An ancient shrine swallowed by the ashes of Mount Vesuvius almost 2,000 years ago has been uncovered in the ancient city of Pompeii.
The sacred altar space was discovered in a near perfect state of preservation as it had been covered in volcanic ash from the AD 79 eruption of Mount Vesuvius, an explosion of such horrific magnitude that it killed an estimated 16,000 people, instantly. Massimo Osanna, the archaeologist in charge of the Pompeii archaeological site told reporters at the New York Times that the shrine is “very well preserved… A marvelous and enigmatic room that now must be studied at length.”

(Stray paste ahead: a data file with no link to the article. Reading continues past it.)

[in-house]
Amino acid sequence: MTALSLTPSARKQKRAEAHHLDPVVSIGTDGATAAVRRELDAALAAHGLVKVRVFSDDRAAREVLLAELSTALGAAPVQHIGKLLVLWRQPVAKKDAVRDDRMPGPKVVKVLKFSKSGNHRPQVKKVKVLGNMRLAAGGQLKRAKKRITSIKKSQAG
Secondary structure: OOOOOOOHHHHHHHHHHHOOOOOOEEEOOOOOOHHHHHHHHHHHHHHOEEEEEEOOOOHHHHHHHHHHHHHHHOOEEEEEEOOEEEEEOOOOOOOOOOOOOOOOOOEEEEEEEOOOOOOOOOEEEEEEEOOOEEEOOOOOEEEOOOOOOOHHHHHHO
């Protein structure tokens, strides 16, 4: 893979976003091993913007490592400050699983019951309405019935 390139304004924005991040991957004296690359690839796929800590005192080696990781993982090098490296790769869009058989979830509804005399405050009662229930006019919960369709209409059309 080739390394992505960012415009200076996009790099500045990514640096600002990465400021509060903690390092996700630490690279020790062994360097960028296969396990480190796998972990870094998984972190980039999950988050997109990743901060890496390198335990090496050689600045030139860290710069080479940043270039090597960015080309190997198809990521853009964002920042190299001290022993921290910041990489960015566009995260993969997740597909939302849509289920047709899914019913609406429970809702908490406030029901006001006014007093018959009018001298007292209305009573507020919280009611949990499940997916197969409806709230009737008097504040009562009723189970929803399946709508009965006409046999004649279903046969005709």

“The shrine’s walls were painted in a deep blood-red color,” said Osanna, and brought to life with the wonderfully flowing Roman illusionistic style depicting enchanted garden scenes of bright green leafy trees, coiled and twisting serpents, peacocks, birds and bulls. On one wall of the shrine a man is depicted “with a dog’s head” which experts believe is “a Romanized version of the Egyptian god Anubis,” according to the New York Times report. And the shrine was also decorated “with paintings of eggs” which is an ancient Roman symbol of fertility.”